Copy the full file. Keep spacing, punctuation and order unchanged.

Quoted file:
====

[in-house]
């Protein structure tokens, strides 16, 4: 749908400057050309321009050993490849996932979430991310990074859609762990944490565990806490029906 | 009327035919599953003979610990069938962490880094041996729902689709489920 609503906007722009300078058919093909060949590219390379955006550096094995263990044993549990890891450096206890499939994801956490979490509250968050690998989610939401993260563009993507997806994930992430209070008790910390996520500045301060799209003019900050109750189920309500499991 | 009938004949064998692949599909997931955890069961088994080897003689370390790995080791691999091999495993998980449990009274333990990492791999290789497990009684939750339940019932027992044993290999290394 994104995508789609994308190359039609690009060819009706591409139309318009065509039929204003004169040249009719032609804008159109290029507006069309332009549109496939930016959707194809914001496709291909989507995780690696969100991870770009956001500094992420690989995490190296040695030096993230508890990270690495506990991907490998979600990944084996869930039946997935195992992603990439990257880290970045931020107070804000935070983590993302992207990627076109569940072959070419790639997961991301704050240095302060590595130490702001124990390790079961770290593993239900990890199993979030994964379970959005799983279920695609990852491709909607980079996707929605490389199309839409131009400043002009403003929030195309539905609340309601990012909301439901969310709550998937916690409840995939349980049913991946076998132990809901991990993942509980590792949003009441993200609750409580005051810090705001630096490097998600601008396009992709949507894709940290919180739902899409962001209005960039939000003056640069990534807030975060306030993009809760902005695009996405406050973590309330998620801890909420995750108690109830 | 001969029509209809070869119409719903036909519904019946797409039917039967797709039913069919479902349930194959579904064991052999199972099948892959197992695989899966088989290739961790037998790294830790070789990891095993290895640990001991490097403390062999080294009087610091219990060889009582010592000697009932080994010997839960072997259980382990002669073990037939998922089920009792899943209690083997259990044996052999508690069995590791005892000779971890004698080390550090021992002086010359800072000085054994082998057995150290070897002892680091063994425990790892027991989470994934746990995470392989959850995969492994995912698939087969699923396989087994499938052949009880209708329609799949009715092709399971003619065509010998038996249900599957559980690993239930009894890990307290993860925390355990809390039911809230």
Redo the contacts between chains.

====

[in-house]
């Protein structure tokens, strides 16, 4: 749908400057050309321009050993490849996932979430991310990074859609762990944490565990806490029906 | 009327035919599953003979610990069938962490880094041996729902689709489920 609503906007722009300078058919093909060949590219390379955006550096094995263990044993549990890891450096206890499939994801956490979490509250968050690998989610939401993260563009993507997806994930992430209070008790910390996520500045301060799209003019900050109750189920309500499991 | 009938004949064998692949599909997931955890069961088994080897003689370390790995080791691999091999495993998980449990009274333990990492791999290789497990009684939750339940019932027992044993290999290394 994104995508789609994308190359039609690009060819009706591409139309318009065509039929204003004169040249009719032609804008159109290029507006069309332009549109496939930016959707194809914001496709291909989507995780690696969100991870770009956001500094992420690989995490190296040695030096993230508890990270690495506990991907490998979600990944084996869930039946997935195992992603990439990257880290970045931020107070804000935070983590993302992207990627076109569940072959070419790639997961991301704050240095302060590595130490702001124990390790079961770290593993239900990890199993979030994964379970959005799983279920695609990852491709909607980079996707929605490389199309839409131009400043002009403003929030195309539905609340309601990012909301439901969310709550998937916690409840995939349980049913991946076998132990809901991990993942509980590792949003009441993200609750409580005051810090705001630096490097998600601008396009992709949507894709940290919180739902899409962001209005960039939000003056640069990534807030975060306030993009809760902005695009996405406050973590309330998620801890909420995750108690109830 | 001969029509209809070869119409719903036909519904019946797409039917039967797709039913069919479902349930194959579904064991052999199972099948892959197992695989899966088989290739961790037998790294830790070789990891095993290895640990001991490097403390062999080294009087610091219990060889009582010592000697009932080994010997839960072997259980382990002669073990037939998922089920009792899943209690083997259990044996052999508690069995590791005892000779971890004698080390550090021992002086010359800072000085054994082998057995150290070897002892680091063994425990790892027991989470994934746990995470392989959850995969492994995912698939087969699923396989087994499938052949009880209708329609799949009715092709399971003619065509010998038996249900599957559980690993239930009894890990307290993860925390355990809390039911809230």
Redo the contacts between chains.